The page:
Interview: Sue Johnston: Fame and misfortune
Saturday 01 August 1998
And yet, playing these wretched unfortunates has never got the actress down. In fact, quite the opposite. "It never depresses me," she says. "It's actually exhilarating. I've always found these parts therapeutic. You go in, have a good cry, and then go home again feeling fine. It's better than therapy. Perhaps that's why I've never needed therapy, because I've been cast in all these parts where I've had to let it all out."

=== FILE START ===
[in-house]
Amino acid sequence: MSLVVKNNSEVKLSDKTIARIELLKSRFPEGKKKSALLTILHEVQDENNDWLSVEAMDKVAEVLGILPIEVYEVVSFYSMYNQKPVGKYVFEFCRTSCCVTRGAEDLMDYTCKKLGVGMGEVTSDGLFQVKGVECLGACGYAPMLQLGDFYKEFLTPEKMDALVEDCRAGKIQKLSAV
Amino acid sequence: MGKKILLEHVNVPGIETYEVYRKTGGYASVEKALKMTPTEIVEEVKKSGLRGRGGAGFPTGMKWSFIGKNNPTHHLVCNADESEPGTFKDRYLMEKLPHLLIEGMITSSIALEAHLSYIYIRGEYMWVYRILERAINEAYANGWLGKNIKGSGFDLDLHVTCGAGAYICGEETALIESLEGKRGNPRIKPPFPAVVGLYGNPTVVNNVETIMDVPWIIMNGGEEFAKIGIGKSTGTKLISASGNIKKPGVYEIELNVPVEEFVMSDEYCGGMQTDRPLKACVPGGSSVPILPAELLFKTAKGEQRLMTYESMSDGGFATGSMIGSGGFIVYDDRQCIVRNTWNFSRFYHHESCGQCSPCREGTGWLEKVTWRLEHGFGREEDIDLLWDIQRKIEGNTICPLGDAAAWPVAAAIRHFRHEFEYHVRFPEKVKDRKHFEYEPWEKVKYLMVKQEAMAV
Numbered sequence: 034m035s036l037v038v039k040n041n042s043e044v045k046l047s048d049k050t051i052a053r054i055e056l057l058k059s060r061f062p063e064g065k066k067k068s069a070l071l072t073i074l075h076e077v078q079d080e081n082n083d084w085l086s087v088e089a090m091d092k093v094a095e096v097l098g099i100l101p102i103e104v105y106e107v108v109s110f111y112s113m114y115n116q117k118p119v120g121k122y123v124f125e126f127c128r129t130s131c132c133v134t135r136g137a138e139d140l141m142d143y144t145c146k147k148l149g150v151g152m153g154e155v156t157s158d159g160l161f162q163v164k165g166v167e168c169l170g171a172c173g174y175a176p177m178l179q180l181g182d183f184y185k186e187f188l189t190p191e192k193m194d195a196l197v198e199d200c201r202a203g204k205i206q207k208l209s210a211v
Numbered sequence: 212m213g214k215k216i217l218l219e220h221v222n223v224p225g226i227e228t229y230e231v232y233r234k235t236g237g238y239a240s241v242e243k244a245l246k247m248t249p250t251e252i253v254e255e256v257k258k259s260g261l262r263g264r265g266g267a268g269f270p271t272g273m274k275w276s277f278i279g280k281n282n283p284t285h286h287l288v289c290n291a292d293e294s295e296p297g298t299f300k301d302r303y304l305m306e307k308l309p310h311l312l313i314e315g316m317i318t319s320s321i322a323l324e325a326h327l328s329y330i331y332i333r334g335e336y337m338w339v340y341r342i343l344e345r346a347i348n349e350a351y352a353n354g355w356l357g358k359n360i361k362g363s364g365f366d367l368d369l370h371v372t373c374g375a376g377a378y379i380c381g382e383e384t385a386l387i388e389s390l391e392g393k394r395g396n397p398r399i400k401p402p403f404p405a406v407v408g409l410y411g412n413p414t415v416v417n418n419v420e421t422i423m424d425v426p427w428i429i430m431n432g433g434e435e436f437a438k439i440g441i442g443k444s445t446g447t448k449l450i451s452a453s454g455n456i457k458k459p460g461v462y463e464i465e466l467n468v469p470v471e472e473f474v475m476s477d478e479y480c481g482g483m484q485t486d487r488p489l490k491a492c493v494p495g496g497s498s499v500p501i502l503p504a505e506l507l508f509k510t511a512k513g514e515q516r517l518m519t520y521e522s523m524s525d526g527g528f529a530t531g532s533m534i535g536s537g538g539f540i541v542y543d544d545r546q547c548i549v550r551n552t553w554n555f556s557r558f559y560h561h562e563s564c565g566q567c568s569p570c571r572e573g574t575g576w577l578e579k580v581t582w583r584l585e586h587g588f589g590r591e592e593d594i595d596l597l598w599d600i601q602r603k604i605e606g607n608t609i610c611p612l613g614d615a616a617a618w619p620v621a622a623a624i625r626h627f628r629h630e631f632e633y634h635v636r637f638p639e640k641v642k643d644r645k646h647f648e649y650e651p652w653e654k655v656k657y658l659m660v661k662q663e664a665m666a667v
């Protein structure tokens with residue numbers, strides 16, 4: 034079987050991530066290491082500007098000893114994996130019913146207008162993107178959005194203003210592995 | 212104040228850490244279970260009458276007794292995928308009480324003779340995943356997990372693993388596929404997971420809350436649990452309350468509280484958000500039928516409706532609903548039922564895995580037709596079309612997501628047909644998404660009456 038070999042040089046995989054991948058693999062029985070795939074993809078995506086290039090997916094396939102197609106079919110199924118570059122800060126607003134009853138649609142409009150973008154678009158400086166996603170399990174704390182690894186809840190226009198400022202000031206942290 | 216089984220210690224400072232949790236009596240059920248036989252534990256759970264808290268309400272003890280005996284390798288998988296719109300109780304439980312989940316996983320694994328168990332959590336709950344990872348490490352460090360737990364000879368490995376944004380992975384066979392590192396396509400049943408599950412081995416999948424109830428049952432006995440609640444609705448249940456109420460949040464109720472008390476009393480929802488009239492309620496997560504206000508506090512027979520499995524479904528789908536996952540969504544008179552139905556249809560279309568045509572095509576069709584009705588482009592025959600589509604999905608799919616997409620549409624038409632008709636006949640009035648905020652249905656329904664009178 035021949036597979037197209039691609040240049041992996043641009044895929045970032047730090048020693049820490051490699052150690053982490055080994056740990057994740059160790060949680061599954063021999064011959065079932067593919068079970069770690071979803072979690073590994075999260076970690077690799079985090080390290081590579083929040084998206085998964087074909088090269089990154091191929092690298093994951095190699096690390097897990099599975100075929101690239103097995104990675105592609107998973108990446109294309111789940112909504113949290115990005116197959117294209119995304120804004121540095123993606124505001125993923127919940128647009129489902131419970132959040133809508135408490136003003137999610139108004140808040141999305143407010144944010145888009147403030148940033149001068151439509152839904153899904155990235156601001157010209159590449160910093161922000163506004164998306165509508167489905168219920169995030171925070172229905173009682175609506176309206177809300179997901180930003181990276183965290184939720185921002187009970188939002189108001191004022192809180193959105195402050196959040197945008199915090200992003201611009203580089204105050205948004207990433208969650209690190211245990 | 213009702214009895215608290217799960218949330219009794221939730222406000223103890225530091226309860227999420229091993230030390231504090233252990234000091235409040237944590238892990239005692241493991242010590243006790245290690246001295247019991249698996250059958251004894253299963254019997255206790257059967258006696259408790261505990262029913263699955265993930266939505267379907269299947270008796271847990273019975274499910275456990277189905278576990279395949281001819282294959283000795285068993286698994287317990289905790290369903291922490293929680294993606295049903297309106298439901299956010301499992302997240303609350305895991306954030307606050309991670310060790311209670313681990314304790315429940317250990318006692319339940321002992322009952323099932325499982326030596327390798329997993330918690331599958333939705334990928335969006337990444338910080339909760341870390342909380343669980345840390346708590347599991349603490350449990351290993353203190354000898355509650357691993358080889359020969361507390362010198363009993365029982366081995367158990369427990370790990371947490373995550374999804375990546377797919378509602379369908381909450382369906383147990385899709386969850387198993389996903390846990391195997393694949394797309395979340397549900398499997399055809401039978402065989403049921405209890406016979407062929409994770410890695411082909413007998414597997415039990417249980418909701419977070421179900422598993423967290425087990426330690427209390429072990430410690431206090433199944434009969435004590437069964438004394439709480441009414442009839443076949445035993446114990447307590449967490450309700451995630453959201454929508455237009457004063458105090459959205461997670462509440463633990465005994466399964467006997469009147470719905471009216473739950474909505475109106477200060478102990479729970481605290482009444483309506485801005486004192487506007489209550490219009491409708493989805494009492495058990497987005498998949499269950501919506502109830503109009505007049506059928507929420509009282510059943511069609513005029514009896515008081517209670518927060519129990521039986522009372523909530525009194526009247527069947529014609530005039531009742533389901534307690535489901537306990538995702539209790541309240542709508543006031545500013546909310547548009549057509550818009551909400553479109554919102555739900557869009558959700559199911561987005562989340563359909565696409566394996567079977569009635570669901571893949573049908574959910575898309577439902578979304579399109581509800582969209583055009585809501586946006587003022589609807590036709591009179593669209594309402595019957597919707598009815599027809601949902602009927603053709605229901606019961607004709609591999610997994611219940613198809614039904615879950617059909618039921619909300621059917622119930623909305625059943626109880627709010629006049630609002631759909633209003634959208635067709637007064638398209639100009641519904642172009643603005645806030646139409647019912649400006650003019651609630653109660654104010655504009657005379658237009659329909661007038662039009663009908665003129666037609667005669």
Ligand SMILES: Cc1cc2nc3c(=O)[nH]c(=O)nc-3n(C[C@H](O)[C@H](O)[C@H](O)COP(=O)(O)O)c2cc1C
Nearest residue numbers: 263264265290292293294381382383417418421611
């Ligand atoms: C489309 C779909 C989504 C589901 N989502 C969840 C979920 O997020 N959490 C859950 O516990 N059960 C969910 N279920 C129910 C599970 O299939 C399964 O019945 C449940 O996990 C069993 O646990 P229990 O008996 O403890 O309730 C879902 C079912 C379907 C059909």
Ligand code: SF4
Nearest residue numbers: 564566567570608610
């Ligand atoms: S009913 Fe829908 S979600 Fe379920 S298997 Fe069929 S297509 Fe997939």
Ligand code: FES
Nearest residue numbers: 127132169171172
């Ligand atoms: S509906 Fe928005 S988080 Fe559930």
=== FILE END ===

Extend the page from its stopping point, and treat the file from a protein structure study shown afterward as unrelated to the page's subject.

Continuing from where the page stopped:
And the more she lets out, the more audiences appear to lap it up. They know an authentic portrayal when they see one. "People seem to relate to this class of middle-aged mother. One of the greatest joys I had was the response from people with Motor Neurone Disease when I did Goodbye Cruel World. It was the same when I played a rape victim in Brookside. It's great if people are able to identify with this woman who is not particularly glamorous, who goes to Tesco's and who leads a life that is no different from theirs. You hope you can somehow touch their lives by showing them something like Motor Neurone Disease in as real a way as possible. I like to be down-to-earth about things. I'd hate to be a glamoriser." She's very far from that. Her enviable reputation for gritty realism stems from her seven years suffering in Sheila Grant's immortal, white-spotted pink jumper. With the endless misery she had to endure in C4's soap, she became a virtual icon. "I heard about someone recently saying that the She in Sheila stood for `all women'," Johnston smiles. "Sheila struck a chord with an awful lot of people who saw her as a strong, fighting mother having to cope with suffering. She was a gay icon, too. Like Pat Phoenix in Coronation Street, she had that `I Will Survive' side."